My other key choice would be Ms. Marvel, aka Capt. Carol Danvers.  Since it's looking like Avengers 2 will be going cosmic, her origin of being an Air Force pilot who is empowered when exposed to alien technology would fit in quite nicely.  Plus Ms. Marvel ought to be (but isn't really) Marvel's equivalent of Wonder Woman: the universe's most notable female hero.  Frankly, the Marvel Universe doesn't have someone would quite fits that bill.  Black Widow isn't it.  Nor is Invisible Woman, Elektra, Phoenix or Storm.  Let's give Ms. Marvel a proper showcase.

I would personally love to see Mockingbird show up in Avengers 2, and she has the advantage of fitting into the world of the Marvel movie-verse quite easily.  SHIELD agent turned hero, with strong emotional ties to Hawkeye, and like Hawkeye and Black Widow, she's a highly skilled "normal" instead of superpowered. Though it works best if she and Hawkeye are married, so unlike having a strong professional bond that he and Natasha have in the movie, they can be a hot couple who kicks ass.  The Mr. and Mrs. Smith of the Marvel Universe.  Of course, her actual comic-book background is pretty damn close to movie-verse's background for Black Widow.  So close as to seem redundant.  And while I'm a big fan, she's a bit too obscure.  (Though, apparently, they are considering an Alias-like show starring her for ABC Family, that will be tied to the Marvel Movie-verse.  So, you never know.)

Those would be my choices.  Many fans seem to be pushing for Scarlet Witch, though I respectfully disagree.  I understand the reasoning: she was the second woman to join the team, she's a long part of Avengers history.  But given her backstory is entangled with elements that the Marvel Movie-verse can't use (mutants and Magneto), and you'd HAVE to bring Quicksilver along with her... eh.  It seems too much.

Thursday, May 3, 2012

Reading Report: Kingdoms of Dust by Amanda Downum

Disclaimer: Amanda Downum is a friend and a critique partner.  So this won't be an "objective" review.  It's probably not even really a review.
Kingdoms of Dust by Amanda Downum

This is the third book in Amanda's Necromancer Chronicles (the first two being The Drowning City and The Bone Palace).  Of the three, Bone Palace is probably my favorite.  But Kingdoms is a close second. 

One of the things I really admire about the Necromancer Chronicles is how Amanda has pulled off displaying her worldbuilding without having it feel like a "travelogue" sort of series.  Drowning takess place in Symir, which has a fantasy southeast Asia feel, Palace in Erisín, which is more western/northern Europe in flavor, and then Kingdoms is in Assar, which has a Middle Eastern bent.  But one thing that is crucial is none it comes off as a cheap copy-and-paste of those Earth cultures... just familiar enough to give a sense of bearing.  But more importantly, since the Necromancer Chronicles are so grounded in the character of Isyllt Iskaldur, the movements from place to place feel organic and natural.  Isyllt is a spy, after all, and in Drowning she's away on a mission, in Palace she's back home, and in Kingdoms she's abroad again due to the fallout of events in Palace.  And despite the chronological progression, each book stands nicely on its own as a singular adventure.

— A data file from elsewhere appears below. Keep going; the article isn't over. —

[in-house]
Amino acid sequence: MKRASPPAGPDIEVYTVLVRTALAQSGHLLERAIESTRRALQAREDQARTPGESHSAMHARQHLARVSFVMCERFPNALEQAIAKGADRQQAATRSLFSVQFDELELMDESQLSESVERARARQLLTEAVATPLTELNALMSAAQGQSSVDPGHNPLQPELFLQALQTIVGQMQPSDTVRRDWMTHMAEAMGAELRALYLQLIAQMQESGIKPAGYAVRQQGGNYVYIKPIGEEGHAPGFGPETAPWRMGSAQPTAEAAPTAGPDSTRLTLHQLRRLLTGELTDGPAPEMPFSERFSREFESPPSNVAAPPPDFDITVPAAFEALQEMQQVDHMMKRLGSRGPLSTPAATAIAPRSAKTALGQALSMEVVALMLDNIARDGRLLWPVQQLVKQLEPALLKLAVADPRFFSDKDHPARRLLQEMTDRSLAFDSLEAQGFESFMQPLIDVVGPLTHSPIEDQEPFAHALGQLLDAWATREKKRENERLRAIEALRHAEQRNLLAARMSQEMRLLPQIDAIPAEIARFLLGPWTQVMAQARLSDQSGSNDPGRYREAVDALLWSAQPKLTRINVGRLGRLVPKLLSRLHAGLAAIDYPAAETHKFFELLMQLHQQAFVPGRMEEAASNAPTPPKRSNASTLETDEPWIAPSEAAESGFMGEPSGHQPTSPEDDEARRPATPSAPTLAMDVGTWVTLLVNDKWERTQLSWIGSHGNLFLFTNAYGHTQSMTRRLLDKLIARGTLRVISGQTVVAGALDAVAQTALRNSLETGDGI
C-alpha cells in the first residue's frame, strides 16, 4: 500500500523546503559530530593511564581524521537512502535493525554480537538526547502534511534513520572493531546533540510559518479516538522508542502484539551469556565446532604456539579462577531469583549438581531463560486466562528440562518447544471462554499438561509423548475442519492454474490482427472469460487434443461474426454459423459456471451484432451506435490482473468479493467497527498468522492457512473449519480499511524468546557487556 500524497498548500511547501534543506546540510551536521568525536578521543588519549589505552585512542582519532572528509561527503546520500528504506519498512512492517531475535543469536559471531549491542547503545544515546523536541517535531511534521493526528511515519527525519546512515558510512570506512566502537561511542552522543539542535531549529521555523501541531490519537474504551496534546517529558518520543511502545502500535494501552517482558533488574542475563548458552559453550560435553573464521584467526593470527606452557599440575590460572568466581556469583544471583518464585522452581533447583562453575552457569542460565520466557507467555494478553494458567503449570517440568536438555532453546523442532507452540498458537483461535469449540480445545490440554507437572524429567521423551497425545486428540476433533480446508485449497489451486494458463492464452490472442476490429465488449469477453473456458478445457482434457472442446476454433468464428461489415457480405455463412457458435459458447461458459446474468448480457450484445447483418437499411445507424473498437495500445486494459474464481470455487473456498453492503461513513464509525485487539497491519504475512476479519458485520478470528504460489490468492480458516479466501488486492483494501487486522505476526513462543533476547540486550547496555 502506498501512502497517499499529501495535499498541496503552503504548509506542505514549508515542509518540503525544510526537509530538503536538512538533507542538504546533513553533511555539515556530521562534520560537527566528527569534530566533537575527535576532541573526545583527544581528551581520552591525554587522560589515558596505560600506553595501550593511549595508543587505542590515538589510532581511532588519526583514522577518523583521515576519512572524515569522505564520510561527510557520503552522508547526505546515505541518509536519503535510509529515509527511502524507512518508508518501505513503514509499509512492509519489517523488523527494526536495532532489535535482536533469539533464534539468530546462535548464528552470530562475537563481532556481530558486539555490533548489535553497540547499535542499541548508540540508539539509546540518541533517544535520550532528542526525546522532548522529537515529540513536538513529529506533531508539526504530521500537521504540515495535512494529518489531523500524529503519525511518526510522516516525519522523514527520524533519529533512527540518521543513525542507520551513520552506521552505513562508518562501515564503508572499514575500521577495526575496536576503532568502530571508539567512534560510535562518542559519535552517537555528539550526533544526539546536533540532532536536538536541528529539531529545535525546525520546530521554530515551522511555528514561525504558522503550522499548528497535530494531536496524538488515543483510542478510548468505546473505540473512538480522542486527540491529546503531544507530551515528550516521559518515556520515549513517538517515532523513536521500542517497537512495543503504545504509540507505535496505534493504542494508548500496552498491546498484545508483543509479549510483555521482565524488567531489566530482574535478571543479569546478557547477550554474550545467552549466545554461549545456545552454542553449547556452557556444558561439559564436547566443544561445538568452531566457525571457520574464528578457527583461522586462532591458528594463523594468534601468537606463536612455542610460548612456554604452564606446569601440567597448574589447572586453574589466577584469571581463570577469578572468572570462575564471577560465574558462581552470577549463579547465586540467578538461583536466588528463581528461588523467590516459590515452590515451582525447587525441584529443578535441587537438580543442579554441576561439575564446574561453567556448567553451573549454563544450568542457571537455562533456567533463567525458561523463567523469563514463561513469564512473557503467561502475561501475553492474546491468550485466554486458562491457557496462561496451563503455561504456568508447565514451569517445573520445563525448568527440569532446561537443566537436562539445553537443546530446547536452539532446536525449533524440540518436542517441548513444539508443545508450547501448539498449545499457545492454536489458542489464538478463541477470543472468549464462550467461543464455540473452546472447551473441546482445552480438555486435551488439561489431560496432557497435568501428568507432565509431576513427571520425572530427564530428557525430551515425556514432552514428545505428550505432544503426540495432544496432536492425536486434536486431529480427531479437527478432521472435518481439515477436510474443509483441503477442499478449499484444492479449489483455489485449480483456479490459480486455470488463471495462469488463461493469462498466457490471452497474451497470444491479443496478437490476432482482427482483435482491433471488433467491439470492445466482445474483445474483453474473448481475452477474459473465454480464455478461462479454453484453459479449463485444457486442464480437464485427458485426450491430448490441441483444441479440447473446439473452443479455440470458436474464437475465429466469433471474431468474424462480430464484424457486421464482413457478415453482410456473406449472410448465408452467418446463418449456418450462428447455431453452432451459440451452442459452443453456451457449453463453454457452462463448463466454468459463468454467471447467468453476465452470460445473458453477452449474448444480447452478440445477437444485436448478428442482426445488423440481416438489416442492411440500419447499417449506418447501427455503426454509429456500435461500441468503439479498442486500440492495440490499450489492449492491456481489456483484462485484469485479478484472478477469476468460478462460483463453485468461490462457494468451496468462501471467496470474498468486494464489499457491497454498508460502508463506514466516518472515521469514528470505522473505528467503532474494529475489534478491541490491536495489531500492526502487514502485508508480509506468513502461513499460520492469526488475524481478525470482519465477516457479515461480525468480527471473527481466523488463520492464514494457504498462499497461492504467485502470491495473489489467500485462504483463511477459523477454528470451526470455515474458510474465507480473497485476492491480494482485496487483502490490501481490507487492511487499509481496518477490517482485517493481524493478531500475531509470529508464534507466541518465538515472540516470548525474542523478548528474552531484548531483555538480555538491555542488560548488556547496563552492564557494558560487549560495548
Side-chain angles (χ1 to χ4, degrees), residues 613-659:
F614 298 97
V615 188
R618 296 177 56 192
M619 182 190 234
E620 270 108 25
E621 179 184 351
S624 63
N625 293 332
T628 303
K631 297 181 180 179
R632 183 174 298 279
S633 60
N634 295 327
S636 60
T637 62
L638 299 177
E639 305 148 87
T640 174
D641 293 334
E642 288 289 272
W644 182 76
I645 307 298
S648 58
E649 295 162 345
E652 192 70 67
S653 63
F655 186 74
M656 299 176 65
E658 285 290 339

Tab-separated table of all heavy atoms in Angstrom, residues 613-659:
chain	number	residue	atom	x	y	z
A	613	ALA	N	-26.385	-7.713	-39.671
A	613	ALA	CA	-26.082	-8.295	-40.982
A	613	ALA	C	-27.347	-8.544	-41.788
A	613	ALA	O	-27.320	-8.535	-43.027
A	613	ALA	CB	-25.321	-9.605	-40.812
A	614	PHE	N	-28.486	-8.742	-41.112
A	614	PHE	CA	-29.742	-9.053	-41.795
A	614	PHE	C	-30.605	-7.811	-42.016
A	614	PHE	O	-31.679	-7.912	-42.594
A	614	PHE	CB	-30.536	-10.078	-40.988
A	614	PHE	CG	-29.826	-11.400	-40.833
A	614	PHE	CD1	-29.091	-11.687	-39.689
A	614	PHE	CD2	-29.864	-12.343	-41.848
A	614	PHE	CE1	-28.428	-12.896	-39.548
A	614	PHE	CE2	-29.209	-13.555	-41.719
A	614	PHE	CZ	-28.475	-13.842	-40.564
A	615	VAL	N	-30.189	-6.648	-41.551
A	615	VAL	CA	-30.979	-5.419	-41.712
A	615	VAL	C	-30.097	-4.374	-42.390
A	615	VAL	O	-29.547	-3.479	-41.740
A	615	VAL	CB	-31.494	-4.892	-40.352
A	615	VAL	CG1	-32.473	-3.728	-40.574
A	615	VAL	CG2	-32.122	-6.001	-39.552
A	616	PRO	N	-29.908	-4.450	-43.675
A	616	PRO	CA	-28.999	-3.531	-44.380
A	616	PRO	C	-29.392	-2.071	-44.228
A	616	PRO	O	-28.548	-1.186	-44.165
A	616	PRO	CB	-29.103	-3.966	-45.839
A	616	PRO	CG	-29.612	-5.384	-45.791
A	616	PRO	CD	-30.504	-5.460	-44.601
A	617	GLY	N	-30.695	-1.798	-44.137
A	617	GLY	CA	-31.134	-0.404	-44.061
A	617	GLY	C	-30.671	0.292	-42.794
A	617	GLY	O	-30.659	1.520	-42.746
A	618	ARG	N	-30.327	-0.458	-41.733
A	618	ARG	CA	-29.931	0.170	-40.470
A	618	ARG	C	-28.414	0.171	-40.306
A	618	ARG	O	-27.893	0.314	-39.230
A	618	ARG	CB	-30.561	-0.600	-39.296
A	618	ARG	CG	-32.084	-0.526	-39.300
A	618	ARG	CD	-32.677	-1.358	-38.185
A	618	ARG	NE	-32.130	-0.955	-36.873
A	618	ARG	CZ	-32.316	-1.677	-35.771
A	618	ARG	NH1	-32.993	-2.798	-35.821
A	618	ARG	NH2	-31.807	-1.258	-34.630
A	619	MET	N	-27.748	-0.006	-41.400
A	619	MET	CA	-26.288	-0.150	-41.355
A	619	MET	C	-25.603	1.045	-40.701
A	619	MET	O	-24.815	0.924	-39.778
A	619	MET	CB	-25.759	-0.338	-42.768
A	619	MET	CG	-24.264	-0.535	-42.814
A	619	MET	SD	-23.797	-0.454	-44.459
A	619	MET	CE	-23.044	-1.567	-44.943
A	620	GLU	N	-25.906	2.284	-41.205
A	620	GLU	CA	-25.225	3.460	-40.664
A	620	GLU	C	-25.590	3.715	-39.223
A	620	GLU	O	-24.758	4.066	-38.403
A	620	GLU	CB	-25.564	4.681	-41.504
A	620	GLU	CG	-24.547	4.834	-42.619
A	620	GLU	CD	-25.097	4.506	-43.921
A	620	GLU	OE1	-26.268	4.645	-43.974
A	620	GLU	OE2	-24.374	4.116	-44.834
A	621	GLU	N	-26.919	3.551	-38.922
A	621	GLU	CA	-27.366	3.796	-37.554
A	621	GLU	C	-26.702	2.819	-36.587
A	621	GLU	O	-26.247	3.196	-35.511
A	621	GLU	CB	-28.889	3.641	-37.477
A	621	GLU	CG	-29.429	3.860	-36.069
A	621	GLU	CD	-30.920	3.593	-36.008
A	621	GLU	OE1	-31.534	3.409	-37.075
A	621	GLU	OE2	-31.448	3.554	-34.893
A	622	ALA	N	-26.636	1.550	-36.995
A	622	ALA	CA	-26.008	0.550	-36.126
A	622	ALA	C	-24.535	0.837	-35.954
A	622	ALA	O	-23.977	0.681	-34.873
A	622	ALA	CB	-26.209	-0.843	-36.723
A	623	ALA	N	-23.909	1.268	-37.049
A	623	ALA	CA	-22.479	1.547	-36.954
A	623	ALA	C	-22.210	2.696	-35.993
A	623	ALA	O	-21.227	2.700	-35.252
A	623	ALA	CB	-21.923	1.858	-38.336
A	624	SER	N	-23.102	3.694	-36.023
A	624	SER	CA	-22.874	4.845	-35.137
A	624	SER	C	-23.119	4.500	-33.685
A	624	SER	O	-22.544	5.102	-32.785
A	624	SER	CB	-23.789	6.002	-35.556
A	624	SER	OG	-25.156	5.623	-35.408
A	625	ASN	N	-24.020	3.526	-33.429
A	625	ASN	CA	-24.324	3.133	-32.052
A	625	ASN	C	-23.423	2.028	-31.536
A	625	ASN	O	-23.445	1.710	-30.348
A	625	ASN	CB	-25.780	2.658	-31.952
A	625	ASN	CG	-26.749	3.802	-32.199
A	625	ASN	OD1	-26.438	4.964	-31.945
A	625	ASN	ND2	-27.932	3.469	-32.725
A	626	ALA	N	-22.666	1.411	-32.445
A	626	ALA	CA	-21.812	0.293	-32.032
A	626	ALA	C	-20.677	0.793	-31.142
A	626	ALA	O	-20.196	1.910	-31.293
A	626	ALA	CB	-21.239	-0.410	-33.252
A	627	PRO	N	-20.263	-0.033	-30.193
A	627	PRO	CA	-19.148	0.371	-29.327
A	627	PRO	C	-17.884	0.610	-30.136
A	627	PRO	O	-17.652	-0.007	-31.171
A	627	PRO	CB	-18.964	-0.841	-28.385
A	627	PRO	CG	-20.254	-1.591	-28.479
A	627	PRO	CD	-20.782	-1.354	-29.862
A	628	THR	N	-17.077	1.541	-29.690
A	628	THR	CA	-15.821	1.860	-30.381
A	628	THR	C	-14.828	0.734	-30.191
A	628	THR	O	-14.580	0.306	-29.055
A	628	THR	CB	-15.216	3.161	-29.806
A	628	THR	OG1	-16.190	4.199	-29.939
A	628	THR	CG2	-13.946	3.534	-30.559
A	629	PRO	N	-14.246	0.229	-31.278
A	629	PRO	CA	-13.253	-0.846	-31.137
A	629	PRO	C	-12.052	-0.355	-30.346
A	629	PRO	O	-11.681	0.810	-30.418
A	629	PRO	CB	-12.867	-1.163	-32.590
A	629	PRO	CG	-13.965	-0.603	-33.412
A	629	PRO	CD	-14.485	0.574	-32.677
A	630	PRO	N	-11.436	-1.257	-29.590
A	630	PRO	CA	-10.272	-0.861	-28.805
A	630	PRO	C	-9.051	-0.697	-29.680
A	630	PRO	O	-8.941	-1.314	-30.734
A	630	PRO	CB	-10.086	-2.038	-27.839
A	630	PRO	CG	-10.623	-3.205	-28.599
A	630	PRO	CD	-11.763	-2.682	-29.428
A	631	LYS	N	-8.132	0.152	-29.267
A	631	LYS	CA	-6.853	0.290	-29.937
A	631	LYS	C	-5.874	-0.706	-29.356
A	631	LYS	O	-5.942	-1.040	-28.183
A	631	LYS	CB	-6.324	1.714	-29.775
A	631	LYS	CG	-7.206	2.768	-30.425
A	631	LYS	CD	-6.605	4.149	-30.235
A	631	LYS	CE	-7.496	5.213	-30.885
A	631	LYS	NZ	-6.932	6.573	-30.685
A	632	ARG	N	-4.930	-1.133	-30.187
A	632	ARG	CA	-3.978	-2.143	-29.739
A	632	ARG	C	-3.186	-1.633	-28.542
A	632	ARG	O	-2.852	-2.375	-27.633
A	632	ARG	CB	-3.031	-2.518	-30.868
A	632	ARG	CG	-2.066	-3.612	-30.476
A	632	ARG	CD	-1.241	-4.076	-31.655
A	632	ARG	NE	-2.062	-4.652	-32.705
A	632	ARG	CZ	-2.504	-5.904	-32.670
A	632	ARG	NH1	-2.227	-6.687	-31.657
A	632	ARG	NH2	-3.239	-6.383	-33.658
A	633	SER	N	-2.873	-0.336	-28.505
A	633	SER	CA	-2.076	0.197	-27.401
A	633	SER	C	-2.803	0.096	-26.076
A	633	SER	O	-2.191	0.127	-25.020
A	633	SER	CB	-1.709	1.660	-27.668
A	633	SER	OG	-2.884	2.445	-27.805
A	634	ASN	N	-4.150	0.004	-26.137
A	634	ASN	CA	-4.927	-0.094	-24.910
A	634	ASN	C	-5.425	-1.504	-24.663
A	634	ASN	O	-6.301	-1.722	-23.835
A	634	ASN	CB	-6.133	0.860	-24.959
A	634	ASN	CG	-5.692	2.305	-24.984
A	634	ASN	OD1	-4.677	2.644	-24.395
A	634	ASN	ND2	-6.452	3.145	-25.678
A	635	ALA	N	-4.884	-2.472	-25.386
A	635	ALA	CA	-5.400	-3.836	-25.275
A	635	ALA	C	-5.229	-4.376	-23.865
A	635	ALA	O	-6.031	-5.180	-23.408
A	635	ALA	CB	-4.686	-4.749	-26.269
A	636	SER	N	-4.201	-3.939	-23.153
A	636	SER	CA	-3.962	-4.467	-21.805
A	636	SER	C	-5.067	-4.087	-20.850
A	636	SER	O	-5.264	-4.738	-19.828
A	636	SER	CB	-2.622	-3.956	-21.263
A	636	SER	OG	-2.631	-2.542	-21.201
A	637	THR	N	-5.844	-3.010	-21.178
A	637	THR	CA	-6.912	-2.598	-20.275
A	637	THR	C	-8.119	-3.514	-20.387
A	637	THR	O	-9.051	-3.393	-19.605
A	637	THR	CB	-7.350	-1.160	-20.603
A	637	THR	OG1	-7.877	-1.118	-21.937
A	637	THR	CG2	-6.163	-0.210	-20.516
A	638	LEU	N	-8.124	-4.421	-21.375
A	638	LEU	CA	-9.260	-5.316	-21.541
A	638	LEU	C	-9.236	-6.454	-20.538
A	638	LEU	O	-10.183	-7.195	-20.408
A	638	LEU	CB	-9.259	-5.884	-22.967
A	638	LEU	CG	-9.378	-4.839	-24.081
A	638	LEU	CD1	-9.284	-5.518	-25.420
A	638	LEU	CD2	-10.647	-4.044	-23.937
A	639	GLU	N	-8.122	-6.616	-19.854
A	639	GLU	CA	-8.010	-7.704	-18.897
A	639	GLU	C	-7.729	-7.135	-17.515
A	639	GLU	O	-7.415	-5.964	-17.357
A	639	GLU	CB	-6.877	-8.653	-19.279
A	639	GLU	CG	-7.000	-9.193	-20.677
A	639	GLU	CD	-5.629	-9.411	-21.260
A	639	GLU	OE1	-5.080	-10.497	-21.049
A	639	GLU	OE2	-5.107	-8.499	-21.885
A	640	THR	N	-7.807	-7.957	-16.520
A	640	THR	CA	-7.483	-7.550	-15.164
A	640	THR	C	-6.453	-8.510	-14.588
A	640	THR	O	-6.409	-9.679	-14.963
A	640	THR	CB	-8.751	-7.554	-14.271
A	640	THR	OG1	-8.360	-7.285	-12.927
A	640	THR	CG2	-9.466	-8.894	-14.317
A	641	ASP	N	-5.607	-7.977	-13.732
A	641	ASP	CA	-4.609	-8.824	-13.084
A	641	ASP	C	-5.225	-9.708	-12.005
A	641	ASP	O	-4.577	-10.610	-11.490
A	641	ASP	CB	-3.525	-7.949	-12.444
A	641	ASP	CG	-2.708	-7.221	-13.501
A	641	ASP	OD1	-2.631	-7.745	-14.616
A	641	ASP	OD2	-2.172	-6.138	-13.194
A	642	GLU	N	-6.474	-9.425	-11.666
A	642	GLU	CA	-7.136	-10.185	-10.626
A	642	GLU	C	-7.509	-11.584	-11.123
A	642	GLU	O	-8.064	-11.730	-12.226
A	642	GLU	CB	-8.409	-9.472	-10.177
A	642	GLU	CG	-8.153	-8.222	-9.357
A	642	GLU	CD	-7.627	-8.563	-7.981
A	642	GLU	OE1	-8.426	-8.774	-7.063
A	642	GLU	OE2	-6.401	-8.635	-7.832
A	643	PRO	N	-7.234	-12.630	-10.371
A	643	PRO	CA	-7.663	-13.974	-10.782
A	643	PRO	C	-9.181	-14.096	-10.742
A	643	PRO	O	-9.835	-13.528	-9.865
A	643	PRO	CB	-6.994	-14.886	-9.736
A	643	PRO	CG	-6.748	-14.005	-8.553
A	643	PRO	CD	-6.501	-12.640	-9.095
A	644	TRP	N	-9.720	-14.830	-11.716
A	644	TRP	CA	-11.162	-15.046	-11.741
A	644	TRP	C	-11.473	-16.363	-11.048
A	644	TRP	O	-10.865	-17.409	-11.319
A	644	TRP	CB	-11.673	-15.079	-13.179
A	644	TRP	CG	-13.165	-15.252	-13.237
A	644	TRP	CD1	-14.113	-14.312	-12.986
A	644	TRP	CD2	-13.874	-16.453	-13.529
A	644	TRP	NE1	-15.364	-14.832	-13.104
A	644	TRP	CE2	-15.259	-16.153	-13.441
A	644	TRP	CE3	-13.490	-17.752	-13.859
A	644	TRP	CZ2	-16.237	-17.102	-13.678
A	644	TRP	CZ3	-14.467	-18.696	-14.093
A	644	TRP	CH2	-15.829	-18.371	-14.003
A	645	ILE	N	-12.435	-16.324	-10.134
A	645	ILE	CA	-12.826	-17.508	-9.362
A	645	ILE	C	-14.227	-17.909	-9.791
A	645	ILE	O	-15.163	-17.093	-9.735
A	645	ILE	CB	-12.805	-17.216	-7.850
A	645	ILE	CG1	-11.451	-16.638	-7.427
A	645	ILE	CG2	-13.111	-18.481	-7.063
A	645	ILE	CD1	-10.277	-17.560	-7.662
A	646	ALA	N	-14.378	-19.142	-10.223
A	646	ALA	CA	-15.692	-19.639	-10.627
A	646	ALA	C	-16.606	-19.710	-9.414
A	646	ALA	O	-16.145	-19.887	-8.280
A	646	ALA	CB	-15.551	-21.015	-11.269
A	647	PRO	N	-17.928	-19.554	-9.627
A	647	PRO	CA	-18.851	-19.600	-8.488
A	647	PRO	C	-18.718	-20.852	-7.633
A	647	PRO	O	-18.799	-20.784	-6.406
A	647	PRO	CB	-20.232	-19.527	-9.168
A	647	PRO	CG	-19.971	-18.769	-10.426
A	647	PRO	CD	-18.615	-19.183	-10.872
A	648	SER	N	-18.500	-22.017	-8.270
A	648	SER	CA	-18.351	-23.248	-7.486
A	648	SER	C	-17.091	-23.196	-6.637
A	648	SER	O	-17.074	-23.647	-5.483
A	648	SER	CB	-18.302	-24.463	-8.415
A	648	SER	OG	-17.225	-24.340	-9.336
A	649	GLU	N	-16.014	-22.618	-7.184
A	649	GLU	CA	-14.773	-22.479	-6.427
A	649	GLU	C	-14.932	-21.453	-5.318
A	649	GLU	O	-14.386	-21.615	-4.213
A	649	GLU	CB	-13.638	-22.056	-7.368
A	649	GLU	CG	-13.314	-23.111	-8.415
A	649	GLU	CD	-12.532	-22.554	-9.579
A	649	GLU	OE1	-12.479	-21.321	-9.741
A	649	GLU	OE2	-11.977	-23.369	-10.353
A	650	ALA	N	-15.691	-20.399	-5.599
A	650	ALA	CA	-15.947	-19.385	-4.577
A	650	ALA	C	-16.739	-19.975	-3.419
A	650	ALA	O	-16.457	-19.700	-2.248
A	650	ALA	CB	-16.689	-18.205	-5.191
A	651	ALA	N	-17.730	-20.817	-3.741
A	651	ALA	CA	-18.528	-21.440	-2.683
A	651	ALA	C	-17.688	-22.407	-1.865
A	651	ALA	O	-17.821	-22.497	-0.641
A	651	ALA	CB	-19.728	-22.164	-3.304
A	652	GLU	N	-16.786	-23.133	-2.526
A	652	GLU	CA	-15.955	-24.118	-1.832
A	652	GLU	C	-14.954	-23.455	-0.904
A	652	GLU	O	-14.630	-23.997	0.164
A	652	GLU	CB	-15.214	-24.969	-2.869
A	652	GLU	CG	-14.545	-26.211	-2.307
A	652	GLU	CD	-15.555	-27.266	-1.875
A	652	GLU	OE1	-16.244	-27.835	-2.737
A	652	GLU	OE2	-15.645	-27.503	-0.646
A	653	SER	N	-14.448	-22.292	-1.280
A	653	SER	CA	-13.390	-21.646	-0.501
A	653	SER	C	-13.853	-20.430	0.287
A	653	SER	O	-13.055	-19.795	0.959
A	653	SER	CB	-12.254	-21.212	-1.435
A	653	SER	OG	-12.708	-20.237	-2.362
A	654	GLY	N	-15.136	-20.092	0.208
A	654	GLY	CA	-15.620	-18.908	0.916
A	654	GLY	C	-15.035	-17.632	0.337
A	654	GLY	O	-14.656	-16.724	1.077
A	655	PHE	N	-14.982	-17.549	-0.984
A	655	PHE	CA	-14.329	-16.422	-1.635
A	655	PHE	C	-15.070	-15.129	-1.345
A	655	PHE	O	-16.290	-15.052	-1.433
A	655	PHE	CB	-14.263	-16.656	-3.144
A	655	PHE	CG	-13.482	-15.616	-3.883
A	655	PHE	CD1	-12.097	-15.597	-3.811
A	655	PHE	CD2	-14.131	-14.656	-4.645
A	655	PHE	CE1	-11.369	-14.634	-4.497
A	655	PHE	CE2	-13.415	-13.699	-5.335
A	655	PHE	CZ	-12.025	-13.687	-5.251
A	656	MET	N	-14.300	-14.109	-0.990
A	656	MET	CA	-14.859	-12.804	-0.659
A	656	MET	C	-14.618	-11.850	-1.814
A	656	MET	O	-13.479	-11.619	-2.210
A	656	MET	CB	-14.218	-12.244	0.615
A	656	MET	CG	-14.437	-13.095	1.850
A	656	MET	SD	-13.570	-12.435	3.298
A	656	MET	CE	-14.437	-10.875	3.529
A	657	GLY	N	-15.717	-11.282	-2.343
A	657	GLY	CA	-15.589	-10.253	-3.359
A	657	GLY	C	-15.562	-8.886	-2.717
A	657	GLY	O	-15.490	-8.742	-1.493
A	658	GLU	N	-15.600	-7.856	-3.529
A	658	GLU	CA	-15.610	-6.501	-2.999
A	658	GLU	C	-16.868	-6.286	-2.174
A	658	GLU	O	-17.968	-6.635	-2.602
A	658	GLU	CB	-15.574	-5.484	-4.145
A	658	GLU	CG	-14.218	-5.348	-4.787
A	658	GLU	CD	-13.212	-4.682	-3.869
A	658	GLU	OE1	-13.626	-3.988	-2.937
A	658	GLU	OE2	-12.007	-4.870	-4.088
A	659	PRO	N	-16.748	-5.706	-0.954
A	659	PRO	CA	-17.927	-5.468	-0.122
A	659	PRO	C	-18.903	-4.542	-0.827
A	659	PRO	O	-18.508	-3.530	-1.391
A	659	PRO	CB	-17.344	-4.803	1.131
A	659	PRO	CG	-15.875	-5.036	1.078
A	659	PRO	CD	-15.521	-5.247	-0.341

Kingdoms more or less opens up with some "getting the band back together" of characters from Drowning-- there's only one secondary character from Palace that carries over-- while setting up the stakes for this book. 

I love how Isyllt is kind of self-loathing and messed-up, but without it just being telegraphed that she is self-loathing and messed-up, or having that be her defining characteristics.  She's a straight-up hero in my book, but part of her heroism comes from her own self-loathing.  She's the kind of hero that is presented with Bad Choice A and Bad Choice B, and through her own ingenuity comes up with Bad Choice C, which gives more solution than A or B, and most of the bad falls on her shoulders. 

My one complaint is the character of Moth, who carries over from Palace as Isyllt's new apprentice.  For the first half of the book, she's there mostly as furniture, mentioned in passing as usually out doing her own thing.  The second half has Moth suddenly becoming active, but mostly complaining that Isyllt doesn't pay any attention to her.  For me, it came out of left field.  Though Moth is the one key character who, unless I'm mistaken, we never get a point-of-view from.  A better sense of her perspective in the first half would have given her complaints in the back half more weight.

All in all, a fun, enjoyable read.